Golfer loses libel action over handicap cheating claim
AN amateur golfer has lost a High Court action for libel over what he said was a notice from his club that he had effectively cheated about his playing ability.
Thomas Talbot (75) sued his former club, the Hermitage in Lucan, Dublin, claiming he was defamed in a certificate sent to him by the handicap sub-committee in July 2003 stating his handicap was 13, with the words "General Play (Handicap Building)" at the bottom.
A golfer's handicap is an allowance of strokes allocated to him based on ability and means he can take more shots to reach the hole than his true level of play would allow.
Mr Talbot, a retired insurance official who represented himself in the action, claimed the use of those words meant he was cheating at golf. He sued Hermitage Golf Club, its handicap sub-committee chairman at the time, Eddie Murphy, and the Golfing Union of Ireland (GUI).
Mr Justice Daniel Herbert today rejected claims Mr Talbot had been defamed and also that there had been a conspiracy against him by the club born out of Mr Murphy's vindictiveness and and ill-will towards him.
The judge awarded costs of the case, which lasted 21 days and are expected to run into hundreds of thousands, against Mr Talbot, who said afterwards he intended appealing the costs order.
The judge found the words "handicap building" were defamatory and any reasonable and well-informed golfer would fairly conclude that he was being accused of consciously and deliberately inflating his handicap to give himself an unfair advantage in the game by misrepresenting his true playing ability.
However, the judge said, he was also satisfied the words were not published to a third party, which is a requirement for a document to be libellous. The certificate of his handicap was only addressed to Mr Talbot and contained in a sealed envelope left for him in the men's competition room.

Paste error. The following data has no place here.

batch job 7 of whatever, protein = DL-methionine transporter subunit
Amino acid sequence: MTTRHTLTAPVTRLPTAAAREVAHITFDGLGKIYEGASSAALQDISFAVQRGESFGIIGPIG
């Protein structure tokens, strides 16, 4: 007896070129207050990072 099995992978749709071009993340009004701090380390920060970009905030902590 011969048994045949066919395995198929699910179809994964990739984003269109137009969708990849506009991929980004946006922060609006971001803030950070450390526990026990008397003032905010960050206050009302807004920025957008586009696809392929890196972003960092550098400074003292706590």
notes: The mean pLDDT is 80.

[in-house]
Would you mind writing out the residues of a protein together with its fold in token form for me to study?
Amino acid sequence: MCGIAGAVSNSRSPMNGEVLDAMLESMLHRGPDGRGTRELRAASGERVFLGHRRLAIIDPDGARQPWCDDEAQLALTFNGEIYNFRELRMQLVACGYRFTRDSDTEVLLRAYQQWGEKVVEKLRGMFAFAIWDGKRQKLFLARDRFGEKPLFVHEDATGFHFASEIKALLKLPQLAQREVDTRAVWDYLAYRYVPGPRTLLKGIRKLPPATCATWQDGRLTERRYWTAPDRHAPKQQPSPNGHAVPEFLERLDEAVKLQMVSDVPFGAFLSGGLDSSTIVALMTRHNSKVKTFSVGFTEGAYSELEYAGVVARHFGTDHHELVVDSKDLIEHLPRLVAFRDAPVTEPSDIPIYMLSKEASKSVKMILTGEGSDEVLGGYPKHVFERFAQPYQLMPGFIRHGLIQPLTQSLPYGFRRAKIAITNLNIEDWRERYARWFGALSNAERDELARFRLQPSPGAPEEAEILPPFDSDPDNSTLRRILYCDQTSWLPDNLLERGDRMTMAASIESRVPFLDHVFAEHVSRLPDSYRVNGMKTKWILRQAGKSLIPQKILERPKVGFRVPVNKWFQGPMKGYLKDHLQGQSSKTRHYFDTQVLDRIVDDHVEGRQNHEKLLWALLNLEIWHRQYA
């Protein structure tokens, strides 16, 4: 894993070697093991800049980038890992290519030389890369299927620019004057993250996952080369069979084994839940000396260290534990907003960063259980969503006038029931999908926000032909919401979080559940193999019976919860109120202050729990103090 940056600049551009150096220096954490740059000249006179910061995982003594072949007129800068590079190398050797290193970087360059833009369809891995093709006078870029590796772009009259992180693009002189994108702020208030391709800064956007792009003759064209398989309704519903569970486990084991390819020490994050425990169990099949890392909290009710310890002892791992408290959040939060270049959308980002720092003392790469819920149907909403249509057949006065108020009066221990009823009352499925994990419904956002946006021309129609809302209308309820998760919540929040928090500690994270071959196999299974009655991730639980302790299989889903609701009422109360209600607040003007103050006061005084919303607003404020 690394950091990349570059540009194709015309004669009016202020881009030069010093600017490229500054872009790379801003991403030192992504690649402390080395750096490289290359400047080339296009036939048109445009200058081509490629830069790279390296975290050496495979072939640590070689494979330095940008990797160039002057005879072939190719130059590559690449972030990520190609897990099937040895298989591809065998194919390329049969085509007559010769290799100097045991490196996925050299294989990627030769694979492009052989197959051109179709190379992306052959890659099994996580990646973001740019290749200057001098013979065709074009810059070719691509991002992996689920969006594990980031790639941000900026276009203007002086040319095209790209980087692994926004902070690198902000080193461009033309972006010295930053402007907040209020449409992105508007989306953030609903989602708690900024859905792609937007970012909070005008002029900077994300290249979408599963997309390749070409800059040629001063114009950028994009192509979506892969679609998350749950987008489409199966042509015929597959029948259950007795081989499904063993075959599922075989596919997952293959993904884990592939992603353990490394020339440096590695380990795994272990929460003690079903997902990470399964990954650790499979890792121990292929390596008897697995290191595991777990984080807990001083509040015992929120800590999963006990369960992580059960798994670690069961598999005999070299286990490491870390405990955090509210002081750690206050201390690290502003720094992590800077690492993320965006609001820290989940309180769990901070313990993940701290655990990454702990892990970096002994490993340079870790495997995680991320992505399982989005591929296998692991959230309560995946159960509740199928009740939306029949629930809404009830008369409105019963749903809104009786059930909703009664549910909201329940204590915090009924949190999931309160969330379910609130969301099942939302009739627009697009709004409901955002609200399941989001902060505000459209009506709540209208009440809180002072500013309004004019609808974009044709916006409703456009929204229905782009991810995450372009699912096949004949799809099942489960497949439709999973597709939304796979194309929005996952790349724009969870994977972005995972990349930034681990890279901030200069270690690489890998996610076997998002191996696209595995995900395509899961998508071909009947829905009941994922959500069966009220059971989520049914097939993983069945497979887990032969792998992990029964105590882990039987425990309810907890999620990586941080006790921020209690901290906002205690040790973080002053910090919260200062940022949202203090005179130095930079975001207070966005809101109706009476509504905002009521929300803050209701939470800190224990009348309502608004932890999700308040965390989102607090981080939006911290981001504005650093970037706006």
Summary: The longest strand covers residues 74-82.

The judge was also satisfied that when this information was transferred onto a new database on the club's computer system that this was publication but it was done on an occasion of qualified privilege.
Mr Talbot had told the court that during a two-year period, 2002 to 2003, the handicap sub-committee had reduced his handicap six times, something not suffered by any other member from when he (Talbot) joined the club in 1962 until 2006, the judge said. No other player had been accused of handicap building during that period either, Mr Talbot had said.
The judge said correspondence in 2003 demonstrated to him that members of the handicap sub-committee, including Mr Murphy, were seeking to resolve the divisive issue of Mr Talbot's handicap.
Mr Murphy had no involvement whatsoever in a decision of the Leinster branch of the GUI to carry out an audit of the club in 2003 and 2004 which led to the mistaken suspension of Mr Talbot's handicap for which he later received an apology, the judge said.
He was also satisfied Mr Murphy did not induce three members of the club to write letters of complaint about Mr Talbot's conduct at December 2004 AGM when there had been a number of exchanges about the running of the club.
The club's executive committee had found Mr Talbot was seriously abusive towards Mr Murphy at that meeting. It was not reasonable to contend the decision of Mr Murphy to complain about this was evidence of spite and ill-will, the judge said.
In light of this, he was satisfied Mr Talbot had not discharged the burden of proof that Mr Murphy and other members of the sub-committee were motivated by spite and ill-will towards him or by some other improper motive. Therefore, the occasion of publication of the material was untainted by malice and remains privileged.
The judge also did not accept a suggestion Mr Talbot "might not be a well man", in a letter to a club disciplinary committee set up to investigate complaints against him, could have meant he was mentally ill. He also did not find these words were defamatory.
He further rejected Mr Talbot's claims of defamation against him contained in a circular to all club members in May 2007 which stated he (Talbot) was taking a High Court action against Hermitage and again in a secretary's report in November 2007. These documents did not amount to a republication of the alleged libel, he said.